Hotels post less of their inventory on travel agency sites, businesses allocate more money for corporate travel, and more. Here are the stories travellers are buzzing about:

Fewer hotel rooms listed through online travel agencies
Hotels are filling up, but fewer people have booked through online travel agencies like Expedia, Orbitz and Priceline. Hotel chains including Hyatt, Hilton, Marriot and Intercontinental Hotels Groups turned 9.1% of their room inventory last quarter over to online travel agencies. In 2009 that number was 14%, according to the Washington Post. Rooms available through online travel agency sites run an average of $31 less than the price listed on the hotels' sites, but hotel operators are upping average daily prices across the board.

Corporate business travel budgets rise
Prepare to see more suited professionals catching flights, as more than half of corporate managers say their travel budgets will grow up to 10% this year, reported USA Today. The survey, which included businesses and organizations worldwide, also indicated more plans to cover costs for in-flight Internet and a la carte meals.

Woman with breast cancer denied seat on flight
Despite having the approval of two doctors, Korean Airlines kept a woman with stage 4 breast cancer from boarding a flight from Seattle to South Korea because she "looked too frail to fly," MSNBC reports. A Korean Air spokesperson said the situation was unfortunate, but that a passenger dying during a flight would be traumatizing to others on board. The woman and her daughter, with whom she was to travel, returned to the doctor for another note stating she is able to fly. "It's absolutely ludicrous, heartless and unbelievable," the woman's daughter says in the story.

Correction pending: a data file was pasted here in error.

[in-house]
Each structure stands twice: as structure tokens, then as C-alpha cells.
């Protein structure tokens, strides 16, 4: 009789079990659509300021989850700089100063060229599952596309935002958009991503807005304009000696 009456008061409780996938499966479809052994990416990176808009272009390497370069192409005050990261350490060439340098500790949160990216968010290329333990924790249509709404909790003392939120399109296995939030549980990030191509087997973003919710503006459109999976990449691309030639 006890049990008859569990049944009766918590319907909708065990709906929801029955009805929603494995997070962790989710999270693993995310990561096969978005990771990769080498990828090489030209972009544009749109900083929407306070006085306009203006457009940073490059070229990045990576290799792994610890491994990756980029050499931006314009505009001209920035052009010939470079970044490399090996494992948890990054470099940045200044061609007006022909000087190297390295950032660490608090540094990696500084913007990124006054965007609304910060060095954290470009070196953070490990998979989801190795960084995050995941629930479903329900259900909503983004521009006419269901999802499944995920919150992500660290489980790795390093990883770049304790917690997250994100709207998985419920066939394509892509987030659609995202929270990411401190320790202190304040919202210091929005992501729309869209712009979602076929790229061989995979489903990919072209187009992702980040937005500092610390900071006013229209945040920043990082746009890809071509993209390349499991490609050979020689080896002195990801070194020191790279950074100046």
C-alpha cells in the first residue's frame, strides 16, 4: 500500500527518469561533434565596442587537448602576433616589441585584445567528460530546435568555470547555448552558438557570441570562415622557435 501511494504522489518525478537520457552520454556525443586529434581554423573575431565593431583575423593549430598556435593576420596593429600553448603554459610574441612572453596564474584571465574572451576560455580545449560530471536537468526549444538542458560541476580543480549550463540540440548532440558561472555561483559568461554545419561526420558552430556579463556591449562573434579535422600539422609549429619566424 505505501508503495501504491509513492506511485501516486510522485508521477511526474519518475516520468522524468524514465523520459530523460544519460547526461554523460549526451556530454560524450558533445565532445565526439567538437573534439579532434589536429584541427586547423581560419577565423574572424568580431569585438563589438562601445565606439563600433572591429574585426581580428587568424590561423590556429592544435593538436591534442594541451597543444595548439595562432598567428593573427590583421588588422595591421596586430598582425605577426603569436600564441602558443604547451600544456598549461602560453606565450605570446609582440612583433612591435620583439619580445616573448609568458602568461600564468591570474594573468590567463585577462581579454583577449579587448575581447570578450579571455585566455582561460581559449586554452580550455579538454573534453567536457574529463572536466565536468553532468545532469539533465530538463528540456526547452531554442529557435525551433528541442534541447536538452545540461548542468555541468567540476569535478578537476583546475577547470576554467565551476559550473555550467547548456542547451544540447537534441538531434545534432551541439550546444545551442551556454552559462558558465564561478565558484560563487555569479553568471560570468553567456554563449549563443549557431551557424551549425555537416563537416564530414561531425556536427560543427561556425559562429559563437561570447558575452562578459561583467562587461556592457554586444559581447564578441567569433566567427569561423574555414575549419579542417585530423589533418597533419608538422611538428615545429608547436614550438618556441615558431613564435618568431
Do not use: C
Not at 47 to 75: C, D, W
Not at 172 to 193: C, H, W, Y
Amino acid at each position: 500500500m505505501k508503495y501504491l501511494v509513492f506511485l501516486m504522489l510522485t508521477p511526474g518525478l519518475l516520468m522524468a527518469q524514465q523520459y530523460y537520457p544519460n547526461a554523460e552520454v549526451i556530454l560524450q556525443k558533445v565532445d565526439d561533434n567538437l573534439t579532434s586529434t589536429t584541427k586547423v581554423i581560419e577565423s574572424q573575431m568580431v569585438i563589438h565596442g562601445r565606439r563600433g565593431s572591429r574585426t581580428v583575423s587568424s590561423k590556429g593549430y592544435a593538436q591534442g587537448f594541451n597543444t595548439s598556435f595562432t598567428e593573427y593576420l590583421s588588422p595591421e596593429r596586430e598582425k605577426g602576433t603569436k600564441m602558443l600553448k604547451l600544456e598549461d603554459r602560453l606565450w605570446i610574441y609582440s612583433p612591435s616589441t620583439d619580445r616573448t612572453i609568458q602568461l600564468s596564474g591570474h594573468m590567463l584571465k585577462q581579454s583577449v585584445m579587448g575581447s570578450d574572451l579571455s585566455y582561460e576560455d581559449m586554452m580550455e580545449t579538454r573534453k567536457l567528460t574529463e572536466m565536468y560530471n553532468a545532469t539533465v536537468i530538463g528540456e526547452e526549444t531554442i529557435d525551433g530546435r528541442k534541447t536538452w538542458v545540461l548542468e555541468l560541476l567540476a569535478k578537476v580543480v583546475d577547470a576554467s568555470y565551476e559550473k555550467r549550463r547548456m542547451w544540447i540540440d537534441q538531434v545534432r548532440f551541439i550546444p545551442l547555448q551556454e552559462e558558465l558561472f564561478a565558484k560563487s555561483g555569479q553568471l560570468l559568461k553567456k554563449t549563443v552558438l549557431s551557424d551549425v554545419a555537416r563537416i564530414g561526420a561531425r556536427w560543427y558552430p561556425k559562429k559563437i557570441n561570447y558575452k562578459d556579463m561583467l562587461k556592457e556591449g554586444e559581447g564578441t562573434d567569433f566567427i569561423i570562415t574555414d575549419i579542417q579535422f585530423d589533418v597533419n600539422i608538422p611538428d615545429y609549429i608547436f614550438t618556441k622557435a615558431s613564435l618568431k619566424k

"In the past three decades, the Adélie [penguin] population on the peninsula, northeast of the Ross Sea, has fallen by almost 90%. The peninsula's only emperor colony is now extinct. The mean winter air temperature of the Western Antarctic Peninsula, one of the most rapidly warming areas on the planet, has risen 10.8 degrees Fahrenheit in the past half-century, delivering more snowfall that buries the rocks the Adélie penguins return to each spring to nest - and favouring penguins that can survive without ice and breed later, like gentoos, whose numbers have surged by 14,000 percent."

The New York Times reported on how the changing climate of Cape Royds, Antarctica is affecting the world's southernmost penguin population.

The mega retweet
We scour Twitter to highlight a standout travel tweet.

"Should the government be able to text your phone in case of a natural disaster?"

-- @whatstrending, the CBS Twitter account, asked followers to sound off on the story.

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